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Investor Network Unveils Programme to Support Africa’s Sustainable Development Goal Targets


Africa is the most vulnerable to the effects of Climate Change despite contributing only 4% of carbon dioxide emissions. Yet, it receives the least amount in Climate Financing.

According to AfDB, Africa alone will need US$ 20– 30 billion per year over 10 to 20 years for climate change adaptation. The Climate Crisis will affect areas that stand at the centre of the continent’s development like agriculture, healthcare, water, and productivity. The climate crisis is just but one of the challenges that stand in the way of Africa meets its SDG targets.

The financing needed to achieve the continent’s SDG targets greatly surpasses all current development finance flows and is estimated at between $500 billion – $1.2 trillion annually.

To address these challenges, The African Venture Philanthropy Alliance (AVPA) is launching a new programme that seeks to strengthen the capabilities of African social investors. AVPA is a network of social investors collaborating to mobilize and deploy capital for impact. 

Known as The 2022 Africa Impact Investing Fellowship will build the knowledge base of investors in areas such as Innovative Finance, Impact Measurement and Management, and Leadership in Complexity.

“The objective of the AVPA Impact Investing Fellowship Programme is to increase the flow and distribution of capital in Africa by building the capacity of Fellows who represent key stakeholders in the investment sector.” says Dr. Frank Aswani, the CEO of AVPA. 

”At the end of the programme, the Fellows will join an alumni network of Impact Investors that we established with the 2021 Africa-Asia Impact Investing Fellowship. This will eventually grow into a strong and catalytic network across the continent,”  he adds. 

Funding for African social investments has traditionally come from foreign aid and local governments, but these funding sources are under huge threat. Donor funding is declining while public debt is rising, threatening governments’ ability to deliver public services. Africa urgently needs to secure alternative financing sources and modalities if it is expected to meet its social sector financing needs, more so now, as we are in the final years to meet the SDGs. 

For this to happen, the continent requires a critical mass of social investors who are highly competent in Innovative Finance. Investors who will: take advantage of the abundant impact opportunities that the continent presents; embrace new funding methodologies; and ambitiously pursue new funding sources. There is a need for a better understanding of innovative financing models and the opportunities they present in mobilizing and deploying capital for maximum impact.

“The impact investing landscape is shifting fast and Africa’s diverse set of challenges makes this continent the ideal sandbox for global impact,” says Dr. Aswani. “However, the continent lacks well-skilled social investors that it badly needs to move capital (especially private) at the required scale and speed to positively affect its trajectory towards the 2030 SDG targets and beyond.”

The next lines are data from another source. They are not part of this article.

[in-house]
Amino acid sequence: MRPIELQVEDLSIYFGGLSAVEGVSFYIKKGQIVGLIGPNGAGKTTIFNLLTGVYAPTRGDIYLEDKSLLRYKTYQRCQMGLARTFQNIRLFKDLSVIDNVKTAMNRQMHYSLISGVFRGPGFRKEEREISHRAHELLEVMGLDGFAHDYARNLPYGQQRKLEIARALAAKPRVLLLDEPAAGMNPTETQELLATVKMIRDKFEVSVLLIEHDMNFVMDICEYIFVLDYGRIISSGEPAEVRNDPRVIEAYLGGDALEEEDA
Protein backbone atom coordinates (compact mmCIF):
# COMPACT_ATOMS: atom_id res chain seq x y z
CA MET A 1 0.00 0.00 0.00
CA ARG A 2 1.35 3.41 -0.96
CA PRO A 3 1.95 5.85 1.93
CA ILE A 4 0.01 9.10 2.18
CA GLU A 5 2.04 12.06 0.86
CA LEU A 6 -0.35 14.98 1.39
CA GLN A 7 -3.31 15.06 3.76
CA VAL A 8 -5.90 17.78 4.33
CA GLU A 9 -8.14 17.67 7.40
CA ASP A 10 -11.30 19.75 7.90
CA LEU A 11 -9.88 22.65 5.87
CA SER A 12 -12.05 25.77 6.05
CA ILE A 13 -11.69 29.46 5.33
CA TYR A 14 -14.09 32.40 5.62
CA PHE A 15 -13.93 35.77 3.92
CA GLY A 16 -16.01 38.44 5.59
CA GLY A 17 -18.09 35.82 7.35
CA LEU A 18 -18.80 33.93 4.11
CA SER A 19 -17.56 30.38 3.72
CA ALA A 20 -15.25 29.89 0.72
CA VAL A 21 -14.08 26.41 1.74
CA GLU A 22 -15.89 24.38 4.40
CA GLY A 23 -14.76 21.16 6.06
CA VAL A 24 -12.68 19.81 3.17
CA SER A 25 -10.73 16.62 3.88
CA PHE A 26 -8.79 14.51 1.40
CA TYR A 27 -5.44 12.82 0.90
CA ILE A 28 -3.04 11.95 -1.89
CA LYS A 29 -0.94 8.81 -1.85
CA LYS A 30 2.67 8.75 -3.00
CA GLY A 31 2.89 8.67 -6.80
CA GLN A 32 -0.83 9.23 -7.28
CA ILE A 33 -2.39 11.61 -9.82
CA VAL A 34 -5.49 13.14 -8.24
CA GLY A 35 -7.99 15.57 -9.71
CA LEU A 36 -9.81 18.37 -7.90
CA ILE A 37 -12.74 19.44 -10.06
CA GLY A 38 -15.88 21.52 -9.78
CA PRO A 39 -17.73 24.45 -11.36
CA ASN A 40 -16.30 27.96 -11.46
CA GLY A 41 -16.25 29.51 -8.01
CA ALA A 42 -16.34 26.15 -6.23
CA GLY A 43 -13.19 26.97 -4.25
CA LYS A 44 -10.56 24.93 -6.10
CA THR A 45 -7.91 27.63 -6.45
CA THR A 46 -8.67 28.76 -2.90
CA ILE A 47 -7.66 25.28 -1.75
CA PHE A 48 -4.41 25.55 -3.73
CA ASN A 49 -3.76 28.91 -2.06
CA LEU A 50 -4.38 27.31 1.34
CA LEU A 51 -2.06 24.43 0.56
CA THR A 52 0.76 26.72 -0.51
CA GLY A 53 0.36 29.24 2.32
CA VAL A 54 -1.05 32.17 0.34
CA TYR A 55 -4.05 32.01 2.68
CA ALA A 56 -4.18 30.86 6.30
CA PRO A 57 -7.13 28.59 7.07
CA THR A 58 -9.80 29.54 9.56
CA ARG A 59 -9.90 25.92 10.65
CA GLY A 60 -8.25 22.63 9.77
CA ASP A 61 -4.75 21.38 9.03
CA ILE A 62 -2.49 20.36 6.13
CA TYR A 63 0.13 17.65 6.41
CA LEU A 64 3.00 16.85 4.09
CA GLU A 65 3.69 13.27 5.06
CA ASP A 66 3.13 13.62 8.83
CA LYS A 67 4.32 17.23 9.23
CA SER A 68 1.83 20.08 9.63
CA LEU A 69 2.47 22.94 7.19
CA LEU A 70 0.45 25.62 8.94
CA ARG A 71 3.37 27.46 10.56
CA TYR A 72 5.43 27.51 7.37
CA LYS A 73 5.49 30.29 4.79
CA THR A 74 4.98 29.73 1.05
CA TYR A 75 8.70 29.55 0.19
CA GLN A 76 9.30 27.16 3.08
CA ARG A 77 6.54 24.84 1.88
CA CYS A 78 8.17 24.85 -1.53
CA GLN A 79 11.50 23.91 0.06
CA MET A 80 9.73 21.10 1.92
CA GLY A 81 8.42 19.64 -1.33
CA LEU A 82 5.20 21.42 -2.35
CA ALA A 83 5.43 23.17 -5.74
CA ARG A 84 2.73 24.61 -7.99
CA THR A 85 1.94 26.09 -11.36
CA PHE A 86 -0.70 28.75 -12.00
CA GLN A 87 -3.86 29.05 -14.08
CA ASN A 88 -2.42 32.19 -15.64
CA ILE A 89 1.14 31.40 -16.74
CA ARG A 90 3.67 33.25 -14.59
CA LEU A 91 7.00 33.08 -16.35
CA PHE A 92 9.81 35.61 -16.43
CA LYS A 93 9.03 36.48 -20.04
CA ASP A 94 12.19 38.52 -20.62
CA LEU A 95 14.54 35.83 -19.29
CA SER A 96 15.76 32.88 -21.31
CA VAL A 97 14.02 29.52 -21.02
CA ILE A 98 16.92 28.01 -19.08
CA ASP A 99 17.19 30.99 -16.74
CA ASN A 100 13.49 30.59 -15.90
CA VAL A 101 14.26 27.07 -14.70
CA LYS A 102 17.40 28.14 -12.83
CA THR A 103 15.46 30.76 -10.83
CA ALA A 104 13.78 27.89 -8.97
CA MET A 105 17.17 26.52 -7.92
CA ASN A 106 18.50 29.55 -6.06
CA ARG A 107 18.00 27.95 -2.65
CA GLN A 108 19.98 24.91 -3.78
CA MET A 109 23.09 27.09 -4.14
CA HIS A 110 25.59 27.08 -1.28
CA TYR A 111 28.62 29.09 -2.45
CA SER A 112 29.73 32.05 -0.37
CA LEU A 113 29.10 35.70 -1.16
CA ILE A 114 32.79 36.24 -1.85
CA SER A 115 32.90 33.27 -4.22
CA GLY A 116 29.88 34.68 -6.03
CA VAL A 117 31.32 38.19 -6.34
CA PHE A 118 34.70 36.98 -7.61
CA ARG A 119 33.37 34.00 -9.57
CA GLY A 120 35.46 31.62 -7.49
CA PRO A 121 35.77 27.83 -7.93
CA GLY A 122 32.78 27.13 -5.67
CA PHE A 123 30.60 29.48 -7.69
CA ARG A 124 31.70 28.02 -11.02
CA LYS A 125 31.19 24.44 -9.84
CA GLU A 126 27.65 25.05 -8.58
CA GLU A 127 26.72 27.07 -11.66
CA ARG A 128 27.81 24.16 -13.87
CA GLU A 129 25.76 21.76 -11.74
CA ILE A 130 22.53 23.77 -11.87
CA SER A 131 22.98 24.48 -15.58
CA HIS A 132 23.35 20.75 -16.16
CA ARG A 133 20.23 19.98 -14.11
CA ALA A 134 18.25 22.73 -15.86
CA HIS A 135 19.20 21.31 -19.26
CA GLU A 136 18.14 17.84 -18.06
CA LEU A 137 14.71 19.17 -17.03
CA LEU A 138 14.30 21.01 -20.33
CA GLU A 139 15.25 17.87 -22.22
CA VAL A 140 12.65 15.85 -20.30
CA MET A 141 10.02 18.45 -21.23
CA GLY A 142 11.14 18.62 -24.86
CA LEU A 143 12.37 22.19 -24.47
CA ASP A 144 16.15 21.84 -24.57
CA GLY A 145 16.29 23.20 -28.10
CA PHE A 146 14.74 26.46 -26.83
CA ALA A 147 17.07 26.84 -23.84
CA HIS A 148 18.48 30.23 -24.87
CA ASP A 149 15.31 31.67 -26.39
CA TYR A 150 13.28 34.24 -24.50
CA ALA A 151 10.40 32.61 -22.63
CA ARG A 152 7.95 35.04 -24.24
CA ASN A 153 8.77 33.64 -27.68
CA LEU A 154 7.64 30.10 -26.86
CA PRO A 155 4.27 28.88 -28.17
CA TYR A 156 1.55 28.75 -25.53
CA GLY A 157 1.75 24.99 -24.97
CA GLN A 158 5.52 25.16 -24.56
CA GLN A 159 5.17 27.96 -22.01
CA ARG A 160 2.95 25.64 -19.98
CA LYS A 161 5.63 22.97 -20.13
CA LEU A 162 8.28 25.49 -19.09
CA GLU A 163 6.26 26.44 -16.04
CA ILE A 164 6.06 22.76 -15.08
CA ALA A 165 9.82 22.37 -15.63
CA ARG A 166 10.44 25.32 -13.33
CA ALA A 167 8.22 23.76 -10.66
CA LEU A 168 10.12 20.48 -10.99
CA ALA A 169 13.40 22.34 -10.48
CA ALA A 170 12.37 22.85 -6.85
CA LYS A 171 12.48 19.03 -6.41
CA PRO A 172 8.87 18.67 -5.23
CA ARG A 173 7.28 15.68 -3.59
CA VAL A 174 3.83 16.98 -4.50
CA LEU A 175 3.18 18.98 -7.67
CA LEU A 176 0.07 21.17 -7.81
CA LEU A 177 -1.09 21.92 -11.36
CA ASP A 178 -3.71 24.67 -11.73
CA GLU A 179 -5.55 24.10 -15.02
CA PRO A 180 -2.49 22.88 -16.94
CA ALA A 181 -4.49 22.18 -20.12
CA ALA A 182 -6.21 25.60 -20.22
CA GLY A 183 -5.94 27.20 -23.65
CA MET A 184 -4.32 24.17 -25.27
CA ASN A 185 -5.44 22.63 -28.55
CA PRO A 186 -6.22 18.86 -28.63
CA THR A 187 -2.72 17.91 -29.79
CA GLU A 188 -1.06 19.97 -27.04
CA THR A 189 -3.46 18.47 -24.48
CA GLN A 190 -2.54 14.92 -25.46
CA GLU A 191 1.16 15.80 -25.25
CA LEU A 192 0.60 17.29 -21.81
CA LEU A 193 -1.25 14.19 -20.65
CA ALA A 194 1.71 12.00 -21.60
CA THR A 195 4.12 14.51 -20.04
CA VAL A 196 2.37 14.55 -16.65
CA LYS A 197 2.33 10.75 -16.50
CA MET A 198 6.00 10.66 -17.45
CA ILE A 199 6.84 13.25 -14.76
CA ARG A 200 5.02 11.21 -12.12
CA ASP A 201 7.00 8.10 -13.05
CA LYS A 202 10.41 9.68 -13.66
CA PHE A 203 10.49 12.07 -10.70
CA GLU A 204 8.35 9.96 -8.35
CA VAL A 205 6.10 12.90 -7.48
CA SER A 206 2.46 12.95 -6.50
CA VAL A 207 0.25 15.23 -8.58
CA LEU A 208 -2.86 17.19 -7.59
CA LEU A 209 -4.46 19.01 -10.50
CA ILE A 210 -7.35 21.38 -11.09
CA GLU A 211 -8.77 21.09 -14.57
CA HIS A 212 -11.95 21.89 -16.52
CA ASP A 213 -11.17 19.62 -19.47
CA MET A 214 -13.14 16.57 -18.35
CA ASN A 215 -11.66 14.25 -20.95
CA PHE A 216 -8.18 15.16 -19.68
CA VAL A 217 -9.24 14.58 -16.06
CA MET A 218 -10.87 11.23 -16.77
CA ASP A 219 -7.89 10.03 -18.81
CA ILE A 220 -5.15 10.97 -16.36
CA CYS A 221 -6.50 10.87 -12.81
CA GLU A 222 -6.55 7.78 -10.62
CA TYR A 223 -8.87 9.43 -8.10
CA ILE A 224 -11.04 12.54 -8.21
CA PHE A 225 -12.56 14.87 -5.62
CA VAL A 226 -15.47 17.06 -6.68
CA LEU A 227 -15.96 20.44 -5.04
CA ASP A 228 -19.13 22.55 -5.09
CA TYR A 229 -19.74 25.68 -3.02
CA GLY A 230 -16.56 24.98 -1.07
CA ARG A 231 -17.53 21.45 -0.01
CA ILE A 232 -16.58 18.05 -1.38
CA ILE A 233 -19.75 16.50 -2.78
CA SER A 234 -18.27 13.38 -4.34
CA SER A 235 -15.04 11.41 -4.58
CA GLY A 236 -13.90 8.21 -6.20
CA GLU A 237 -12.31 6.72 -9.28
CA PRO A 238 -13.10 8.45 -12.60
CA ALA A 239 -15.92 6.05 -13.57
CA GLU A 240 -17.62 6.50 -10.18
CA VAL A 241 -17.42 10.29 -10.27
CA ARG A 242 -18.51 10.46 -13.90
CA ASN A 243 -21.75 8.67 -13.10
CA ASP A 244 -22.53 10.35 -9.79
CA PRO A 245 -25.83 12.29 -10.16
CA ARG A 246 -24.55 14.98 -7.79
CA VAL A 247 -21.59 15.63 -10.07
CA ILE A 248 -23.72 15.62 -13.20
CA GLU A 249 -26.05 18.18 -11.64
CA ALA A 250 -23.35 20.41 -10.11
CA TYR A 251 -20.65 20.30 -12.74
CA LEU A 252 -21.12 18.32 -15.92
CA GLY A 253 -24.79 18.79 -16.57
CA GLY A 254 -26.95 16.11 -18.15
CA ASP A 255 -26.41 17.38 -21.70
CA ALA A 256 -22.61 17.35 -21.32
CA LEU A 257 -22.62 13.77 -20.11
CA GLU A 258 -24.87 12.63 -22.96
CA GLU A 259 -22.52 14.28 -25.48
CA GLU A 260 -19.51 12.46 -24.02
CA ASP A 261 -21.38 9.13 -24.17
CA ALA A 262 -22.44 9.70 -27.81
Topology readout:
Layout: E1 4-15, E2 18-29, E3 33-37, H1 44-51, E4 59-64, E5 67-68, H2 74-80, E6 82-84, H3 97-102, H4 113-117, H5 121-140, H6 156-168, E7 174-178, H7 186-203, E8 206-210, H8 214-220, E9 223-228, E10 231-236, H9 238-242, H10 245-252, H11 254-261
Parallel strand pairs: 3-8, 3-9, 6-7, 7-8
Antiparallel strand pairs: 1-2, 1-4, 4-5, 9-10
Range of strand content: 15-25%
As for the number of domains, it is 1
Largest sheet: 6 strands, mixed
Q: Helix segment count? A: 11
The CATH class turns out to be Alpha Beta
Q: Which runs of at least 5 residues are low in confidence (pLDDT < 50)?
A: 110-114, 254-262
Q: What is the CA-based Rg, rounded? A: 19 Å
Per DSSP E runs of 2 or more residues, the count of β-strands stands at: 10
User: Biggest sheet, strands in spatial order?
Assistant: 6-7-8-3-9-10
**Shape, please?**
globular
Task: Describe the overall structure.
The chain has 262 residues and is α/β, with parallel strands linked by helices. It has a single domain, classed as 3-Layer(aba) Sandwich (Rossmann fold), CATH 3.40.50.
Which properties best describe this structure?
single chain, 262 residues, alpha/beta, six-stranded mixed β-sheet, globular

Impact Investing – an emerging practice in Africa

Impact investing is at its nascent stage in Africa. Although it is now getting an increasing level of attention from various actors in the social investment ecosystem, only a handful of impact funds and foundations are practising impact investing. The compound annual growth rate in Africa between 2017 – 2021 was 7% with sub-Saharan Africa ranking 4th out of the 10 regions studied in terms of the amount of capital allocated for impact.

Mainstreaming impact investing, however, will take time. The obstacles hindering impact investing from gaining traction in Africa amongst wealth holders and their advisors include the lack of capacity-building programmes, the perception that it will necessitate a trade-off on financial returns, a lack of an investment-ready pipeline, inexperience in managing a portfolio, and the complexities in defining and evaluating impact measurement.

The AVPA Impact Investing Fellowship Programme provides an opportunity for deployers of social capital to collaborate and learn new impact financing models. It will be a place for new entrants to stand on the shoulders of impact investing pioneers while building a community to share their challenges and lessons. Most importantly, the Fellowship seeks to forge stronger alliances and encourage collaboration among the various types of investors operating across the ‘Continuum of Capital’; financial – grants, debt, equity – human, and intellectual capital deployed through philanthropy and investment.

What to expect from the 2022 Africa Impact Investing Fellowship

Starting September 2022, the Fellowship will be facilitated by Gayle Peterson, a Fellow at the Oxford Saïd Business School, and run for four months. The programme will include a combination of pre-reading, closed-door learning sessions with expert facilitation, and post-discussion study groups. AVPA will continue engaging with the alumni cohort by helping them identify pipelines of investment ready deals. 

Deployers of impact capital – grants, debt, and equity, who are looking to acquire additional knowledge and resources to build an impact strategy while building a strong portfolio should consider applying for the Fellowship.

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Nixon Kanali

Tech journalist based in Nairobi. I track and report on tech, business and African startups. Founder and Editor For TechTrendsKE. Nixon is also the East African tech editor for Africa Business Communities. Send tips to nkanali@techtrendske.co.ke.

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